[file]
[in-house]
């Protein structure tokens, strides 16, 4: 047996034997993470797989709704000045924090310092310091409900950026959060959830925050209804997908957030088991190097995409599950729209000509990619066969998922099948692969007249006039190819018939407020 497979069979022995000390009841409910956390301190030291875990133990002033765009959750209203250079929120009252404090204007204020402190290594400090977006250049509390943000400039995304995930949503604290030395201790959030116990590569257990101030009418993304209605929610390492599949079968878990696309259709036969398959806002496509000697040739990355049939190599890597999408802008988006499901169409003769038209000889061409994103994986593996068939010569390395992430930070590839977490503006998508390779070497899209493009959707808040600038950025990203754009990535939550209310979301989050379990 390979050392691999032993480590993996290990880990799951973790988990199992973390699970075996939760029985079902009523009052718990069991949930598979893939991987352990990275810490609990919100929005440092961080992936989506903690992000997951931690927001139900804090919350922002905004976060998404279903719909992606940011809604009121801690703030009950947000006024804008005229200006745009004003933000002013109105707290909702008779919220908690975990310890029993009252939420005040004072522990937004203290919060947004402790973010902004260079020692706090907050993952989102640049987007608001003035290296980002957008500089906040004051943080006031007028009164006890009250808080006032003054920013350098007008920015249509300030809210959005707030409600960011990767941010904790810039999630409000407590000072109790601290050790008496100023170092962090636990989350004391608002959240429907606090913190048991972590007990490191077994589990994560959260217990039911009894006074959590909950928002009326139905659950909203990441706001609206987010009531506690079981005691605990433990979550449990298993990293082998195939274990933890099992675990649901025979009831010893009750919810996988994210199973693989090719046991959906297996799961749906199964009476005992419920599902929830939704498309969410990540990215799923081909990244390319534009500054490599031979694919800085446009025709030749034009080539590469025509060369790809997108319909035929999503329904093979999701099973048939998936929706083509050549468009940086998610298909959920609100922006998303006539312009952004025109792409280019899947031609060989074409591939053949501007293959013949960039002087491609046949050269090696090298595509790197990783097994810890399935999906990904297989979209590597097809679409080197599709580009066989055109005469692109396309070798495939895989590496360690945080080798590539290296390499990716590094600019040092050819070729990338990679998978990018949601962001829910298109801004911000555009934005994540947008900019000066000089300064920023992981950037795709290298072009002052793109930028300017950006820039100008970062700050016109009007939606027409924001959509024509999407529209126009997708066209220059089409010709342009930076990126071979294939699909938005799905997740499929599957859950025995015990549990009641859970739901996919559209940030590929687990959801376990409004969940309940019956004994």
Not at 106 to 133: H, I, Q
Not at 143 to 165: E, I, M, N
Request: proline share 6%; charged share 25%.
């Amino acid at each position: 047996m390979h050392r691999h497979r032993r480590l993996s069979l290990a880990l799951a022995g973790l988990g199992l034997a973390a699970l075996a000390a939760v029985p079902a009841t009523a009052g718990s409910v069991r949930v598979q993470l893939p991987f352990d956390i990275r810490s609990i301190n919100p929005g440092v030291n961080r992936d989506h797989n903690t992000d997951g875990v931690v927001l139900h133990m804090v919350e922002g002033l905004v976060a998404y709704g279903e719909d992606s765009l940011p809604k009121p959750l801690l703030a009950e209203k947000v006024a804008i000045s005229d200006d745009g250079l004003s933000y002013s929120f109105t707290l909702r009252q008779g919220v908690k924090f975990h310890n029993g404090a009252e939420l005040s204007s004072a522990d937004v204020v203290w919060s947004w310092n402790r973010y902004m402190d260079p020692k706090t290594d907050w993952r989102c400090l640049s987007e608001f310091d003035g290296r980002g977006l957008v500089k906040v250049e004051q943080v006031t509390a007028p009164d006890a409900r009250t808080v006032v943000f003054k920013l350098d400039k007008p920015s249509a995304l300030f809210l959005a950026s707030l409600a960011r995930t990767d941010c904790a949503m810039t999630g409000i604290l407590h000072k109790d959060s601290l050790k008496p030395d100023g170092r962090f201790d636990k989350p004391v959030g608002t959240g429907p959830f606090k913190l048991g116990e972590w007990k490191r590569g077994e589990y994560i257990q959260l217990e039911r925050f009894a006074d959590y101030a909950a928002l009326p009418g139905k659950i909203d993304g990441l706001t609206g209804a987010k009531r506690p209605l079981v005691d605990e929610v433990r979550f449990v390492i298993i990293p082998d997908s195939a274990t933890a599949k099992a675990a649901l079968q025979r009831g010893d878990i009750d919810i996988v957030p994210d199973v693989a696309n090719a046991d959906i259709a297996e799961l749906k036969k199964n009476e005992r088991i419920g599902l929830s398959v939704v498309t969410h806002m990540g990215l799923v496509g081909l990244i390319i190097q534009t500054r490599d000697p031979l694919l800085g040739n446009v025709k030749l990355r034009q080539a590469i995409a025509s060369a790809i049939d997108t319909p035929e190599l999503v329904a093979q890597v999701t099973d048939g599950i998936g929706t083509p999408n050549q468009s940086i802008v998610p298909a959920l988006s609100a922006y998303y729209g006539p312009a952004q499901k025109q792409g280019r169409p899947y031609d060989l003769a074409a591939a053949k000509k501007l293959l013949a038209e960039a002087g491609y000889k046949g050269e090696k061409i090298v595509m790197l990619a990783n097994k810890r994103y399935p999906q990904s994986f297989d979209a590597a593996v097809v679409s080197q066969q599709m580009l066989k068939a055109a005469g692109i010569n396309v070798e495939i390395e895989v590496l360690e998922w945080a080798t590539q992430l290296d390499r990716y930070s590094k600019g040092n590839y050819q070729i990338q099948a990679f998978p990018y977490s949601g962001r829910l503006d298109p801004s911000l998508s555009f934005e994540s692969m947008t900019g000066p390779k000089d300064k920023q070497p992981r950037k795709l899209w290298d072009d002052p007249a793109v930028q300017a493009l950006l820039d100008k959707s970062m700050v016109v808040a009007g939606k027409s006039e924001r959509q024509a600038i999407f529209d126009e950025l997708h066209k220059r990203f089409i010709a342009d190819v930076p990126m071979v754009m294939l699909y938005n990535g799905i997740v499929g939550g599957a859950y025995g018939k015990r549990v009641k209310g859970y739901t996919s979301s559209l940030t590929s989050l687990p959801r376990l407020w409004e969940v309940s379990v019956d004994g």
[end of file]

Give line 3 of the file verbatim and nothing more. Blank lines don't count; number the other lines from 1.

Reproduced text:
Not at 106 to 133: H, I, Q